I wriggle my fingers into black leather driving gloves and take a plate of scrambled eggs and smoked salmon upstairs. It’s Mother’s birthday and I’m taking her breakfast in bed as a surprise treat. I knock on the door. There’s no answer.
‘Room service,’ I shout. I lean forward and knock again.
I don’t usually wear black leather driving gloves because they make me feel like Alan Partridge. But we’ve run out of the blue disposable ones and I recognise anything I can do to reduce spreading the virus must be done. Even wearing driving gloves.
‘They’re not that embarrassing, are they?’
I’m admiring my gloved right hand. I turn it around and back again like the Royal family waving from a carriage.
‘A bit Alvin Stardust, maybe?’ replies my wife, grimacing.
‘You should buy those police tactical ones, next time. They’ve got the best grip and they only cost £12,’ says my son.
My wife and son are behind me on the landing at a socially responsible distance. They’re primed to sing ‘Happy Birthday’ through their facemasks when Mother opens her bedroom door. They’re both wearing yellow washing up gloves.
‘Jeeves here,’ I shout again, my lips almost kissing the door.
I plan to pass over her birthday cards once the breakfast tray is safely landed on her bedside table. Giving her the cards by hand risks coming within two metres of her, so I’ve decided to slot the cards into the stiff bristles at the end of our long-handled broom. My son will then feed the broom into her room so she can pick the cards from the broom without coming too close to me. It’s a little Heath Robinson. But, last night, I experimented with a spatula, barbecue tongs and the broom. The broom was the most effective, by far.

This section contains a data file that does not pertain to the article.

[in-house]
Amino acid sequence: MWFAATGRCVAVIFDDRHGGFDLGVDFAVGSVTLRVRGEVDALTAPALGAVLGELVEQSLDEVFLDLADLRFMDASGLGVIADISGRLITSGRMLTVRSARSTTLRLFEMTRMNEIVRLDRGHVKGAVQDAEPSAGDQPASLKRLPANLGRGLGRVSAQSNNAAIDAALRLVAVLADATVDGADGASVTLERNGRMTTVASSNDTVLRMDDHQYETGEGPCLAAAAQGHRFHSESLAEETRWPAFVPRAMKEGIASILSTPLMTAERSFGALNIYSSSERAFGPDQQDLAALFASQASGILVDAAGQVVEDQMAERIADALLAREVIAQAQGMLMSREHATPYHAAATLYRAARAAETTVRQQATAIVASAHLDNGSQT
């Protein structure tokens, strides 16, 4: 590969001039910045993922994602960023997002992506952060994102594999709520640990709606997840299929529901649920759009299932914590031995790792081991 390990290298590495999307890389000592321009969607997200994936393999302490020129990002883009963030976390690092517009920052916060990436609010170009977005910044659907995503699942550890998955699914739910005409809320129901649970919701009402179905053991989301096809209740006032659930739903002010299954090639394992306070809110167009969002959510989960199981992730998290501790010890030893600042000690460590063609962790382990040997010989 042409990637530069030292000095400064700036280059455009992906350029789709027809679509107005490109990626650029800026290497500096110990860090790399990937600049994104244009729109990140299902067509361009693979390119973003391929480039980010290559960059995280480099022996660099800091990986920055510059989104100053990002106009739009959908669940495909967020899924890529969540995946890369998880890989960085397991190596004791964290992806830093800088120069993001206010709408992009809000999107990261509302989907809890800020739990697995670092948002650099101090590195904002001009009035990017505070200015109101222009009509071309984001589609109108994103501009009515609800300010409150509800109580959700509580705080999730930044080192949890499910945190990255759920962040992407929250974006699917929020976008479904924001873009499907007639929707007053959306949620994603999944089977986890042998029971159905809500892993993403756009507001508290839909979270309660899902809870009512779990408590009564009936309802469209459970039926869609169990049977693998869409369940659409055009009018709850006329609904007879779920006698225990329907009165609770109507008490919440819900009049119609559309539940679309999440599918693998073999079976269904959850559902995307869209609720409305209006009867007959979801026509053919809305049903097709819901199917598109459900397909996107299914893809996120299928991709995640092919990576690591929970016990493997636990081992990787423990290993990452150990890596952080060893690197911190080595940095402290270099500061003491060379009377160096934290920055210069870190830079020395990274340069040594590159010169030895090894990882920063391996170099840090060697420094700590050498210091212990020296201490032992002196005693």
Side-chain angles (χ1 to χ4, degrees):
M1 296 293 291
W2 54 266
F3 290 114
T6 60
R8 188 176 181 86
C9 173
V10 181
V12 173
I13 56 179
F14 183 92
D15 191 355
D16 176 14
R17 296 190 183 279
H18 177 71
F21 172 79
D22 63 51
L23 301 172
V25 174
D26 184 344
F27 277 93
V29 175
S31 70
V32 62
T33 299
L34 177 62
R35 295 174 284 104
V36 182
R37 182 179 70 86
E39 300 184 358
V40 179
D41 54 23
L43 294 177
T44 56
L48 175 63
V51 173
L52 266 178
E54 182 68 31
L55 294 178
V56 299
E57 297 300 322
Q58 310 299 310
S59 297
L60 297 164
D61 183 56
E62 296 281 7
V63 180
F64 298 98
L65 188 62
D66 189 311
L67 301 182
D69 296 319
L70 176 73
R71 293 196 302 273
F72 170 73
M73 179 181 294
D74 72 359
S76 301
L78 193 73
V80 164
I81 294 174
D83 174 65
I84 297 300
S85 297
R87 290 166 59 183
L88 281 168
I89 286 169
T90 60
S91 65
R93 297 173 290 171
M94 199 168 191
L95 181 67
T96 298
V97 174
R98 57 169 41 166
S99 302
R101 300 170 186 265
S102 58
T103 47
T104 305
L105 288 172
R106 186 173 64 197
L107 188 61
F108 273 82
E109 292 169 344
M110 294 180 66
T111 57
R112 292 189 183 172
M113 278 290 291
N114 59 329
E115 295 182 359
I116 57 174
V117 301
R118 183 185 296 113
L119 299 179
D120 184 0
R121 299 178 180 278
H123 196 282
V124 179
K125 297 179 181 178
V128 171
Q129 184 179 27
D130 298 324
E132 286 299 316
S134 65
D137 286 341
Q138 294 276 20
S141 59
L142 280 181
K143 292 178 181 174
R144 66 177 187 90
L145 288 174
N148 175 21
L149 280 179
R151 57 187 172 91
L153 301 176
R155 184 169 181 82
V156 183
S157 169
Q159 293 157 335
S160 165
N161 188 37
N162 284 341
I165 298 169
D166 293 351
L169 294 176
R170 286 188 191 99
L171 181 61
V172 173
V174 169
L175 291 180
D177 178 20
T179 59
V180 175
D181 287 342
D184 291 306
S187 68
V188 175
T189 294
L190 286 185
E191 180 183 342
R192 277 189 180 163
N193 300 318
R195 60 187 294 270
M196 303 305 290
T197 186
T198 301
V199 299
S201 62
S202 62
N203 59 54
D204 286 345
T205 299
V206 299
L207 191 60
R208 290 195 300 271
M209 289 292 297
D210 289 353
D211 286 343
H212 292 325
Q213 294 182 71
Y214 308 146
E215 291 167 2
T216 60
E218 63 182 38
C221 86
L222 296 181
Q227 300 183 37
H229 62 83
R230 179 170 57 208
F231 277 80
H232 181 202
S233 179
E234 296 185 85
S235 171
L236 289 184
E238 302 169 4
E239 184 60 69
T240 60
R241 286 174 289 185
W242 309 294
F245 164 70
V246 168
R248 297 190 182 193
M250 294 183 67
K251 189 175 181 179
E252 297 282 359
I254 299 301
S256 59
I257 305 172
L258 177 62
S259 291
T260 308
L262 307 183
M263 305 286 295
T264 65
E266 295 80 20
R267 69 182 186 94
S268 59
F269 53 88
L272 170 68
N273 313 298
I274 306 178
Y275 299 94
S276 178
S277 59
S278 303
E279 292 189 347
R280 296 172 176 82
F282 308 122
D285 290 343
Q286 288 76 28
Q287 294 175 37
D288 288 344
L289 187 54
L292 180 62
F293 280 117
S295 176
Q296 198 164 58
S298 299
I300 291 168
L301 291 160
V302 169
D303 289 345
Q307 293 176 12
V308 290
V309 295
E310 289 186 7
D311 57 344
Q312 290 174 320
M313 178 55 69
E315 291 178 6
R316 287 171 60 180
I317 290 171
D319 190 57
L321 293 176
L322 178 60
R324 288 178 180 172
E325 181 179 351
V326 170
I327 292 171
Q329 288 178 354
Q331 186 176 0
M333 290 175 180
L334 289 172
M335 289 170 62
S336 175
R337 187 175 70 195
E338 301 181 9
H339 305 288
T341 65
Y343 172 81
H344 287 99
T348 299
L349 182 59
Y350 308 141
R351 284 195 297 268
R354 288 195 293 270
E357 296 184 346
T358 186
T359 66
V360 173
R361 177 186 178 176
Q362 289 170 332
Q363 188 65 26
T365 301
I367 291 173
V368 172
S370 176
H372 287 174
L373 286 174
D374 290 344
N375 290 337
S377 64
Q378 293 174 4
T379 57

Mother opens her door with a sleepy look. We burst into Happy Birthday. She is bewildered. Perhaps she thinks we are the council’s deep cleaning squad come to give her bedroom the ‘once over’? After all, we look the part in gloves and masks and with my my son holding a long handled broom.
When the song ends there is a bemused silence. Embarrassed by the silence, I try to lighten the atmosphere. Before I can help myself, I’ve slipped into the voice of the dead Australian cricket commentator Richie Benaud.
‘Great innings. Ninety-six not out. The century’s there for the taking. Just need to be careful not to play any rash shots, now.’
‘Are you trying to impersonate an Indian or an Australian?’ asks Mother.
‘Happy Birthday, Gran. Your birthday cards are on the end of the broom,’ says my son, extending the broom towards her like a bargeman.
‘What a novel way of giving me a birthday card, darling. Are you training to work on a barge?’
‘Dad’s idea to keep you safe from Covid-19, Granny.’
Her eyebrows twitch upwards.
‘Do you know what I’d like to do for my birthday?’ she says to my wife.
‘Ironing. If you could set the ironing board up, please.’
The mental health charity MIND have said ironing is good exercise for old people locked down by Covid-19, so she insists on a daily shift at the ironing board. It’s her way of being useful, too.
‘Ironing and friends,’ Mother says.
‘Friends? We can’t have friends around at the moment. It’s against the Government guidelines,’ says my wife.
‘The TV series: Friends. I love Phoebe and Joey reminds me of your husband: well-meaning but slightly dumb.’